Receiver Mike Evans said he always loved standing for the national anthem. But when he joins his Bucs teammates in line for the Star Spangled Banner Sunday at Kansas City as he has vowed to do, he said it will be with mixed emotions.
"When I was a kid, man, I used to love standing for the national anthem and I still love standing for the National Anthem,'' Evans said Wednesday. "I think of our troops, but most importantly, I think of the American population and everybody as a whole. And I think of our leader. I think of who our leader is, so it's going to be some foggy area there but I will stand.''
Evans, 23, came under fire from fans who threatened to boycott Bucs games, politicians and members of the military when he decided to sit for the anthem prior to Sunday's 36-10 win over the Chicago Bears in protest of the election of Donald Trump as the 45th president of the United States. Bucs coach Dirk Koetter said Monday he was "disappointed," in Evans' decision but respected his First Amendment rights.
Making matters worse, it was the Bucs' Salute to Service Day with hundreds of military personnel and their families at Raymond James Stadium.
"I know it hits home for a lot of people and this city of Tampa is big for the military and I know I hurt a lot of people by doing what I did so I want to apologize to them,'' Evans said. "To the people that were really affected by what I did and to the people that are disappointed in my decision to stand with teammates from now on, don't worry, I'm going to continue to use my voice and my platform for minority rights.''
Evans confirmed Wednesday he did not vote in the presidential election he was protesting, but said that's only because he discovered he was registered in Texas and the deadline had passed for an absentee ballot.
"I know people saw I didn't vote and I don't do politics and things like that, but the funny thing is I tried to vote and I realized I'm a voter in Texas, I'm registered in Texas, and it was too late when I tried to take the action to do it. But that's my fault. It won't happen again.''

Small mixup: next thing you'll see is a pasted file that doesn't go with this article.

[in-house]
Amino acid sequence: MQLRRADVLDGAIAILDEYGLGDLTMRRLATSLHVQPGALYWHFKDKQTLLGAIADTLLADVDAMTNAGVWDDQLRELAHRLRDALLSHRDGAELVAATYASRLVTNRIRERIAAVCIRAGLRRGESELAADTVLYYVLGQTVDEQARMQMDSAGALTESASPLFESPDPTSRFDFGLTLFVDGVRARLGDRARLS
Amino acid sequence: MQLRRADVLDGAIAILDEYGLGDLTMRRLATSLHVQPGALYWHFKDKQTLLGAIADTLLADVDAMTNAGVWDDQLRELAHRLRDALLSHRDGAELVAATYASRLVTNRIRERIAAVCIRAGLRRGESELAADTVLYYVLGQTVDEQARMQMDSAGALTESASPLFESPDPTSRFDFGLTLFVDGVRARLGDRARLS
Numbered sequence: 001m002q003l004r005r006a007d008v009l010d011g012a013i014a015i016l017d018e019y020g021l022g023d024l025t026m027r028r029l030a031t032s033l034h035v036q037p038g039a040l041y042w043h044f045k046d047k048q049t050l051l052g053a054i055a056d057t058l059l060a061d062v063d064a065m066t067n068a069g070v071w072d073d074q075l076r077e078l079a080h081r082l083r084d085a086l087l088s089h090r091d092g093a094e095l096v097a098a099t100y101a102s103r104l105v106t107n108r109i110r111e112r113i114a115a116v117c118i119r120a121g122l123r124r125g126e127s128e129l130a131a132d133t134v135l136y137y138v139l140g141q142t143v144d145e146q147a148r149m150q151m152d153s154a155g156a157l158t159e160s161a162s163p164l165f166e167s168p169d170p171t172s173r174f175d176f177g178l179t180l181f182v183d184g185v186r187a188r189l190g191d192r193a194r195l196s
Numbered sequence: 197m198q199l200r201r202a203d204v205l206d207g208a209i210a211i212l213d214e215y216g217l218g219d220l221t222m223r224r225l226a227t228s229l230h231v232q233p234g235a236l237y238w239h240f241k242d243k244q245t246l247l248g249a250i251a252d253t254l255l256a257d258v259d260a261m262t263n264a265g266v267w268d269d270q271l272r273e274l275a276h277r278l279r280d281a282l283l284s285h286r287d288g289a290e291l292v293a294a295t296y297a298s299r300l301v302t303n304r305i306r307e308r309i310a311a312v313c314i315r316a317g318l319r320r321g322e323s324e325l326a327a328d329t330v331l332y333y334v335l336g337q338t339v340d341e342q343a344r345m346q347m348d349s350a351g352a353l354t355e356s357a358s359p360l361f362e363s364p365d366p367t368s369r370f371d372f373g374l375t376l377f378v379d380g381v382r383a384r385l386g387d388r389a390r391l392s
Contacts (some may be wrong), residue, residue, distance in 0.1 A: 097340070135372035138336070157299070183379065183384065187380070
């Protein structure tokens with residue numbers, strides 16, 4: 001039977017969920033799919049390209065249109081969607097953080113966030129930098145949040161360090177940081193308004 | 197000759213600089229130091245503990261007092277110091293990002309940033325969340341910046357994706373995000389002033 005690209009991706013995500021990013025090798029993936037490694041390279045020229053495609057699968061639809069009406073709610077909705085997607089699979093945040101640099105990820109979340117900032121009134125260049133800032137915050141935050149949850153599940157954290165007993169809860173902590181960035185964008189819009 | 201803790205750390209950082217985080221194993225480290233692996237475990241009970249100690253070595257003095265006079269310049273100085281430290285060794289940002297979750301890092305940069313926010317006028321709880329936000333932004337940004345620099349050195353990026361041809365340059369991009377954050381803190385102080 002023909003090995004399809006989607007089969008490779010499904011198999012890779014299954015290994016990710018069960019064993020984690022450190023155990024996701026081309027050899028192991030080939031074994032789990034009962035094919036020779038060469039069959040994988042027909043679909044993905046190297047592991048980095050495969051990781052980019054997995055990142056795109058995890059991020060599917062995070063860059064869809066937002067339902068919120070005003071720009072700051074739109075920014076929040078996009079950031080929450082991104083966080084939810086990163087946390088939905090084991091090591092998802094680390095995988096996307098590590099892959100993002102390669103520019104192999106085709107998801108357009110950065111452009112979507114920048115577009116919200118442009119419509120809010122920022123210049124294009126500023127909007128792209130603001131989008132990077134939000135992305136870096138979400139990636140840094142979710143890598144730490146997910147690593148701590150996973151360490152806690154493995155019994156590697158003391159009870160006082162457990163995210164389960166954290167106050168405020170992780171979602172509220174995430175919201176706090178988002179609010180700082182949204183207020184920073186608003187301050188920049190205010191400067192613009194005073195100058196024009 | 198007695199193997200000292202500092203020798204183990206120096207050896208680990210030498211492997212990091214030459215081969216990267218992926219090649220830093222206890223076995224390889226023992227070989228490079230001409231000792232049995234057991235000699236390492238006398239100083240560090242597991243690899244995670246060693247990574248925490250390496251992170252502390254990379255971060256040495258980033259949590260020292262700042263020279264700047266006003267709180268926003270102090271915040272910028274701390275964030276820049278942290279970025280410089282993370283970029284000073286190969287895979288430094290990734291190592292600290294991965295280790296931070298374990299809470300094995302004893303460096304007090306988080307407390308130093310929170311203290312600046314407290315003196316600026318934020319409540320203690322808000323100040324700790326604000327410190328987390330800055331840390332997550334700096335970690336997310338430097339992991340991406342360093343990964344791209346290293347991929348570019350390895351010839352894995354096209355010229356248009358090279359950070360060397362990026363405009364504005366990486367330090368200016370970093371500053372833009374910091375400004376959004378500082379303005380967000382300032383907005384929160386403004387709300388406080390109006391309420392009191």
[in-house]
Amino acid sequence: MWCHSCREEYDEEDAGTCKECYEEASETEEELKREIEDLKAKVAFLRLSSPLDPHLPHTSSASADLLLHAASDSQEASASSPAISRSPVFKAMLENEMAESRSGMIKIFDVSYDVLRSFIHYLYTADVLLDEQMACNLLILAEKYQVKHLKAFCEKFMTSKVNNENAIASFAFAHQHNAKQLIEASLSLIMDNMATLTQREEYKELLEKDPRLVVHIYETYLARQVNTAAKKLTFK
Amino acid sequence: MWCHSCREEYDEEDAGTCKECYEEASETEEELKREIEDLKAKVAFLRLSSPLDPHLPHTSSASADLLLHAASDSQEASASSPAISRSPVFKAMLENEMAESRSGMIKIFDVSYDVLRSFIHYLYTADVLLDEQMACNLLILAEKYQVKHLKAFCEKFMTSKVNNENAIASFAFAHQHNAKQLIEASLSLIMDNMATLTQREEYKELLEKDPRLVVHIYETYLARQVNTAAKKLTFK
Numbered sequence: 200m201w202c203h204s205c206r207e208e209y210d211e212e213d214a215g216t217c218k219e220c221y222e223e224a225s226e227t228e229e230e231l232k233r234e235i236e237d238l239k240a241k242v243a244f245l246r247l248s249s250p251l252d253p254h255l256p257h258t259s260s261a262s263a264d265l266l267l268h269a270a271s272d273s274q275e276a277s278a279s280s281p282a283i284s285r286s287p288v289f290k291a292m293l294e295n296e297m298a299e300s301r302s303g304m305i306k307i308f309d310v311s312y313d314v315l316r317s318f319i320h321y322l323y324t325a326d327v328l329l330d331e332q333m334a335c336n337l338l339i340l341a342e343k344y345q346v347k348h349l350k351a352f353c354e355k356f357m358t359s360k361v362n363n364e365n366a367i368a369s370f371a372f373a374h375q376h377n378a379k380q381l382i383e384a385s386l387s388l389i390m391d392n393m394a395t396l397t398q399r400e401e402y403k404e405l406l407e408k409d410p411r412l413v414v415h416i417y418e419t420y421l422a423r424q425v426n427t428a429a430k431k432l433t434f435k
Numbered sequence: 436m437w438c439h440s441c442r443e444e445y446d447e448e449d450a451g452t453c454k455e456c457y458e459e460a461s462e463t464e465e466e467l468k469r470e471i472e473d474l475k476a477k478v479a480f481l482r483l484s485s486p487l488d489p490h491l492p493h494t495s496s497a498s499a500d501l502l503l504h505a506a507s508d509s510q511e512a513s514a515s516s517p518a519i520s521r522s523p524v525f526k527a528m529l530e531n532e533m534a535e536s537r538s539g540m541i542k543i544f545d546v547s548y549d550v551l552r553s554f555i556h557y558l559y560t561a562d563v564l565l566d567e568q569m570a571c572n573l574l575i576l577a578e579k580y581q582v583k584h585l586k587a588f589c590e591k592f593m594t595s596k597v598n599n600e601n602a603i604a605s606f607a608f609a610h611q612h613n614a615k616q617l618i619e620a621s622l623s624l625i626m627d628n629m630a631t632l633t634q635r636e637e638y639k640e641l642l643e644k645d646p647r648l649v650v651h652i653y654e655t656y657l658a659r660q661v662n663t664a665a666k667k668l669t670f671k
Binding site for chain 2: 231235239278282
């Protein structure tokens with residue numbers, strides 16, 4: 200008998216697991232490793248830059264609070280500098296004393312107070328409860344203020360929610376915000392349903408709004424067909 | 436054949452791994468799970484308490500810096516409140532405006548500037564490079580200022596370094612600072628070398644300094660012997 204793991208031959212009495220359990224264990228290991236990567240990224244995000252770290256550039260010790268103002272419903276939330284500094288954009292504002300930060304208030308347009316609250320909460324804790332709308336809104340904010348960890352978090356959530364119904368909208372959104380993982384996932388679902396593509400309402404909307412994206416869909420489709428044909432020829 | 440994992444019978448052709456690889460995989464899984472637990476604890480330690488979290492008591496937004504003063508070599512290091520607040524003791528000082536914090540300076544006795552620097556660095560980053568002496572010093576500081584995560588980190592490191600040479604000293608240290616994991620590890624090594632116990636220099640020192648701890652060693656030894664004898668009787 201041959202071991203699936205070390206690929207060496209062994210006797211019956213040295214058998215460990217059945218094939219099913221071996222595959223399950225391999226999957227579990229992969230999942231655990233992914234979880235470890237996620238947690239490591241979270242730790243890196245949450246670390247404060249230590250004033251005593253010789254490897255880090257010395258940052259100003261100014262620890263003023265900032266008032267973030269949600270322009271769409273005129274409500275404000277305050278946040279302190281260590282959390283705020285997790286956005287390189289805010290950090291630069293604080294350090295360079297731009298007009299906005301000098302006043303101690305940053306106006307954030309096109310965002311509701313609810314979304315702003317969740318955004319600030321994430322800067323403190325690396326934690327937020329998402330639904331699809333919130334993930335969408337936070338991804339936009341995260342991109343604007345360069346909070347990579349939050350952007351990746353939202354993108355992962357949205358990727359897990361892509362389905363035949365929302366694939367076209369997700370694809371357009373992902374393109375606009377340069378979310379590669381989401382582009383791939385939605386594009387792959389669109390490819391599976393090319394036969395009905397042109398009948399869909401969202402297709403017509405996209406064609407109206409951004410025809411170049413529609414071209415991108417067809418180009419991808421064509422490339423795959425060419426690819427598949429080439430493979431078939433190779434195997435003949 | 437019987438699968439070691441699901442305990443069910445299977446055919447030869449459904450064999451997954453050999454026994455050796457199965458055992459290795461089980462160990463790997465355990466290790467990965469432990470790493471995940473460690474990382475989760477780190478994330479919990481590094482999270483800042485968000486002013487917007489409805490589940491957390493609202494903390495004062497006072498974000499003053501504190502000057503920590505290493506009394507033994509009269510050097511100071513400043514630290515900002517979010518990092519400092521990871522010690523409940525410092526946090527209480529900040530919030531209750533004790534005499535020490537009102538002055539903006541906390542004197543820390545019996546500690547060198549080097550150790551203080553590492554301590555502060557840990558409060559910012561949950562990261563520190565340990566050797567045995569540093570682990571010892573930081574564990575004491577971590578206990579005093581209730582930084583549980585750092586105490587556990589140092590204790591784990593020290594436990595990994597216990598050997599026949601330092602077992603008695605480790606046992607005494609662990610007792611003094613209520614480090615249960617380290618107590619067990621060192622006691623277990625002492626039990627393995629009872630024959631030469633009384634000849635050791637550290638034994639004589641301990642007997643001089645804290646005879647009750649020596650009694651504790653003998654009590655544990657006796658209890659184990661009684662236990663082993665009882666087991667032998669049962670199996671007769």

Evans said he did not make any coached or teammates aware of his protest last Sunday.
"On my own. I didn't want to bring that type of negative energy to my teammates,'' Evans said. "It felt awkward when I sat, seeing my teammates all stand up. You know, I'm a team guy, so I'm going to use my voice and my platform to help minorities in a different way.''
However, Evans said he was prepared for the backlash he received following the game. In the post-game locker room, he said, "I said this a long time ago. When (Trump) ran, I thought it was a joke. And the joke continues.''
"It was what I expected,'' Evans said of the reaction. "Some people were saluting me. Some people showed a lot of heat and a lot of hate and it's what I expected. That's the problem that I had and that's why I did what I did. I can't change it. But I apologize to the military. I know that hit home to a lot of people.
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"I mean, I just want people to understand you can't hate somebody because they have different beliefs or different views than you and that's the problem. That's why I did what I did. I want people to understand you just can't wish hard on anybody just because they have different beliefs than you. Not everybody grows up the same. Everybody is exposed to different things growing up. That's why I did what I did.''
Evans grew up as the son of a biracial family in Galveston, Texas, which is nearly one-third Hispanic.
"I'm half black and half white,'' Evans said. "I'm multi-cultured and people shouldn't feel that way toward other people because we're all human beings.
"The way people grow up, it shapes the way they think and the way they do certain things. I grew up with a mixed population, white, Hispanic and black. I feel all people are equal.''
Which minorities will Evans use his platform to be the voice for?
"On the field, I'm going to continue to do what I do and play hard. I'm playing hard because I've got this right, I've got this freedom from the vets and things like that,'' Evans said. "I'm going to reach out to organizations. The organizations I feel that are doing the best job to help minorities. Minorities, women, LBGT, you know, African Americans, Latinos — the people that are in fear of the president.''